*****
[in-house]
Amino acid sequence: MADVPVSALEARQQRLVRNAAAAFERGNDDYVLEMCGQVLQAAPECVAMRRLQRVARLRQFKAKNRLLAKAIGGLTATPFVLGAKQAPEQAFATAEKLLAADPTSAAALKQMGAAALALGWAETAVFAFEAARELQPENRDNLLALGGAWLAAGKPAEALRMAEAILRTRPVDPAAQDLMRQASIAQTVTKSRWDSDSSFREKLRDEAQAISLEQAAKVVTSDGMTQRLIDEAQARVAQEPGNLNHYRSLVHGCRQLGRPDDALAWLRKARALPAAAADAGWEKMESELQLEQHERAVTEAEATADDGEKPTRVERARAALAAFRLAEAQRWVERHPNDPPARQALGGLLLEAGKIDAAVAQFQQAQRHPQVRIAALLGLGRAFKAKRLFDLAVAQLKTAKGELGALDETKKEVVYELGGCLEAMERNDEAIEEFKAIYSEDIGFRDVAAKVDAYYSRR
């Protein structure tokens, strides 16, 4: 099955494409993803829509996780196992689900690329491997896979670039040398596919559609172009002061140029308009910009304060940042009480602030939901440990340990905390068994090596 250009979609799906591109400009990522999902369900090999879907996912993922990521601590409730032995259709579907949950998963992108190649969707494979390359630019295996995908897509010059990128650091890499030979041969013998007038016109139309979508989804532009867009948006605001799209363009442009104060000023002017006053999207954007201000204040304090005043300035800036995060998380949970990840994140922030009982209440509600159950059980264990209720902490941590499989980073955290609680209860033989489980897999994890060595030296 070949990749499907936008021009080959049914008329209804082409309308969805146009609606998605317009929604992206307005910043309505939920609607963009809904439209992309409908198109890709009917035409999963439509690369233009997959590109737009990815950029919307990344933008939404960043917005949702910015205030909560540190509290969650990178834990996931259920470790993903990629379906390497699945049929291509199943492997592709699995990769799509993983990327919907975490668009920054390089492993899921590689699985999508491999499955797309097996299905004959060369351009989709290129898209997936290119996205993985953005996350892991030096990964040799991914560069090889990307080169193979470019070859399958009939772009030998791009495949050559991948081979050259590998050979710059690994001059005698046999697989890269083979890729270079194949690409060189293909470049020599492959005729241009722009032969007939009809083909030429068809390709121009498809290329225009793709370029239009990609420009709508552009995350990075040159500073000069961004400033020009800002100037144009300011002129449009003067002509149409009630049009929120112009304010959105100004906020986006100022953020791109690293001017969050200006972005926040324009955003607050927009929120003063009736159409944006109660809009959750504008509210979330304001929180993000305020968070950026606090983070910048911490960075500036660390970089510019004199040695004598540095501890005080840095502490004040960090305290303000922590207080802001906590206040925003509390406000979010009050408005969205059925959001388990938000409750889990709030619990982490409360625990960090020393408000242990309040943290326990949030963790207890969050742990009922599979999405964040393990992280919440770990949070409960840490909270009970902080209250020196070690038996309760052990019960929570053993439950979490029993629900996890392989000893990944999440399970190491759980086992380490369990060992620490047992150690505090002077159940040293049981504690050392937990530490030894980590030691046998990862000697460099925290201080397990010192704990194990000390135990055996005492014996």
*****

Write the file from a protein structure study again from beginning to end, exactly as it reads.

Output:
[in-house]
Amino acid sequence: MADVPVSALEARQQRLVRNAAAAFERGNDDYVLEMCGQVLQAAPECVAMRRLQRVARLRQFKAKNRLLAKAIGGLTATPFVLGAKQAPEQAFATAEKLLAADPTSAAALKQMGAAALALGWAETAVFAFEAARELQPENRDNLLALGGAWLAAGKPAEALRMAEAILRTRPVDPAAQDLMRQASIAQTVTKSRWDSDSSFREKLRDEAQAISLEQAAKVVTSDGMTQRLIDEAQARVAQEPGNLNHYRSLVHGCRQLGRPDDALAWLRKARALPAAAADAGWEKMESELQLEQHERAVTEAEATADDGEKPTRVERARAALAAFRLAEAQRWVERHPNDPPARQALGGLLLEAGKIDAAVAQFQQAQRHPQVRIAALLGLGRAFKAKRLFDLAVAQLKTAKGELGALDETKKEVVYELGGCLEAMERNDEAIEEFKAIYSEDIGFRDVAAKVDAYYSRR
């Protein structure tokens, strides 16, 4: 099955494409993803829509996780196992689900690329491997896979670039040398596919559609172009002061140029308009910009304060940042009480602030939901440990340990905390068994090596 250009979609799906591109400009990522999902369900090999879907996912993922990521601590409730032995259709579907949950998963992108190649969707494979390359630019295996995908897509010059990128650091890499030979041969013998007038016109139309979508989804532009867009948006605001799209363009442009104060000023002017006053999207954007201000204040304090005043300035800036995060998380949970990840994140922030009982209440509600159950059980264990209720902490941590499989980073955290609680209860033989489980897999994890060595030296 070949990749499907936008021009080959049914008329209804082409309308969805146009609606998605317009929604992206307005910043309505939920609607963009809904439209992309409908198109890709009917035409999963439509690369233009997959590109737009990815950029919307990344933008939404960043917005949702910015205030909560540190509290969650990178834990996931259920470790993903990629379906390497699945049929291509199943492997592709699995990769799509993983990327919907975490668009920054390089492993899921590689699985999508491999499955797309097996299905004959060369351009989709290129898209997936290119996205993985953005996350892991030096990964040799991914560069090889990307080169193979470019070859399958009939772009030998791009495949050559991948081979050259590998050979710059690994001059005698046999697989890269083979890729270079194949690409060189293909470049020599492959005729241009722009032969007939009809083909030429068809390709121009498809290329225009793709370029239009990609420009709508552009995350990075040159500073000069961004400033020009800002100037144009300011002129449009003067002509149409009630049009929120112009304010959105100004906020986006100022953020791109690293001017969050200006972005926040324009955003607050927009929120003063009736159409944006109660809009959750504008509210979330304001929180993000305020968070950026606090983070910048911490960075500036660390970089510019004199040695004598540095501890005080840095502490004040960090305290303000922590207080802001906590206040925003509390406000979010009050408005969205059925959001388990938000409750889990709030619990982490409360625990960090020393408000242990309040943290326990949030963790207890969050742990009922599979999405964040393990992280919440770990949070409960840490909270009970902080209250020196070690038996309760052990019960929570053993439950979490029993629900996890392989000893990944999440399970190491759980086992380490369990060992620490047992150690505090002077159940040293049981504690050392937990530490030894980590030691046998990862000697460099925290201080397990010192704990194990000390135990055996005492014996």